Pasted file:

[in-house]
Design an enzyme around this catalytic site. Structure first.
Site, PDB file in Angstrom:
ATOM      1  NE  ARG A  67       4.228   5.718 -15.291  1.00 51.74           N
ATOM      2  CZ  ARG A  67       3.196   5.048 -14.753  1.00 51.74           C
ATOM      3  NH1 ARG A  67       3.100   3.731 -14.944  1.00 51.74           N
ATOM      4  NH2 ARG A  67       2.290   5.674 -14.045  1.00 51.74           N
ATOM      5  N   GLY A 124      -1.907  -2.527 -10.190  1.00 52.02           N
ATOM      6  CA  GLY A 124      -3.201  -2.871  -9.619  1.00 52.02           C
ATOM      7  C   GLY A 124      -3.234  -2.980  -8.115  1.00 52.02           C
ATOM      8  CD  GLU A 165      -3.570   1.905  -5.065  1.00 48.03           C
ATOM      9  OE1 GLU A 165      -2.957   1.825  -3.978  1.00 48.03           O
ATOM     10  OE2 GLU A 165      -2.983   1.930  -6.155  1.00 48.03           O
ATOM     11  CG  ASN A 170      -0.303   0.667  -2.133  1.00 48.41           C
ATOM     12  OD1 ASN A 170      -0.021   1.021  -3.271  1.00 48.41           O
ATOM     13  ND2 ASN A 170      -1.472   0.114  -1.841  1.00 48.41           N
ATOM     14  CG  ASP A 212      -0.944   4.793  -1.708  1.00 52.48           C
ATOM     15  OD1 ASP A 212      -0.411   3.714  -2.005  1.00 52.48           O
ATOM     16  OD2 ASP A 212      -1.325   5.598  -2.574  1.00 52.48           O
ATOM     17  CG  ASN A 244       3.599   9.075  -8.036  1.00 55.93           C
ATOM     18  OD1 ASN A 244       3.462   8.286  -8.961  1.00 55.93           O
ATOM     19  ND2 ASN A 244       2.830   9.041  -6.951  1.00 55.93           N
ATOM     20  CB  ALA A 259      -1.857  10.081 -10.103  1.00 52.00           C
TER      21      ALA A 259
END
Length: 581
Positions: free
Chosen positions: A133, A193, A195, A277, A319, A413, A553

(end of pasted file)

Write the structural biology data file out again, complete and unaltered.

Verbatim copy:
[in-house]
Design an enzyme around this catalytic site. Structure first.
Site, PDB file in Angstrom:
ATOM      1  NE  ARG A  67       4.228   5.718 -15.291  1.00 51.74           N
ATOM      2  CZ  ARG A  67       3.196   5.048 -14.753  1.00 51.74           C
ATOM      3  NH1 ARG A  67       3.100   3.731 -14.944  1.00 51.74           N
ATOM      4  NH2 ARG A  67       2.290   5.674 -14.045  1.00 51.74           N
ATOM      5  N   GLY A 124      -1.907  -2.527 -10.190  1.00 52.02           N
ATOM      6  CA  GLY A 124      -3.201  -2.871  -9.619  1.00 52.02           C
ATOM      7  C   GLY A 124      -3.234  -2.980  -8.115  1.00 52.02           C
ATOM      8  CD  GLU A 165      -3.570   1.905  -5.065  1.00 48.03           C
ATOM      9  OE1 GLU A 165      -2.957   1.825  -3.978  1.00 48.03           O
ATOM     10  OE2 GLU A 165      -2.983   1.930  -6.155  1.00 48.03           O
ATOM     11  CG  ASN A 170      -0.303   0.667  -2.133  1.00 48.41           C
ATOM     12  OD1 ASN A 170      -0.021   1.021  -3.271  1.00 48.41           O
ATOM     13  ND2 ASN A 170      -1.472   0.114  -1.841  1.00 48.41           N
ATOM     14  CG  ASP A 212      -0.944   4.793  -1.708  1.00 52.48           C
ATOM     15  OD1 ASP A 212      -0.411   3.714  -2.005  1.00 52.48           O
ATOM     16  OD2 ASP A 212      -1.325   5.598  -2.574  1.00 52.48           O
ATOM     17  CG  ASN A 244       3.599   9.075  -8.036  1.00 55.93           C
ATOM     18  OD1 ASN A 244       3.462   8.286  -8.961  1.00 55.93           O
ATOM     19  ND2 ASN A 244       2.830   9.041  -6.951  1.00 55.93           N
ATOM     20  CB  ALA A 259      -1.857  10.081 -10.103  1.00 52.00           C
TER      21      ALA A 259
END
Length: 581
Positions: free
Chosen positions: A133, A193, A195, A277, A319, A413, A553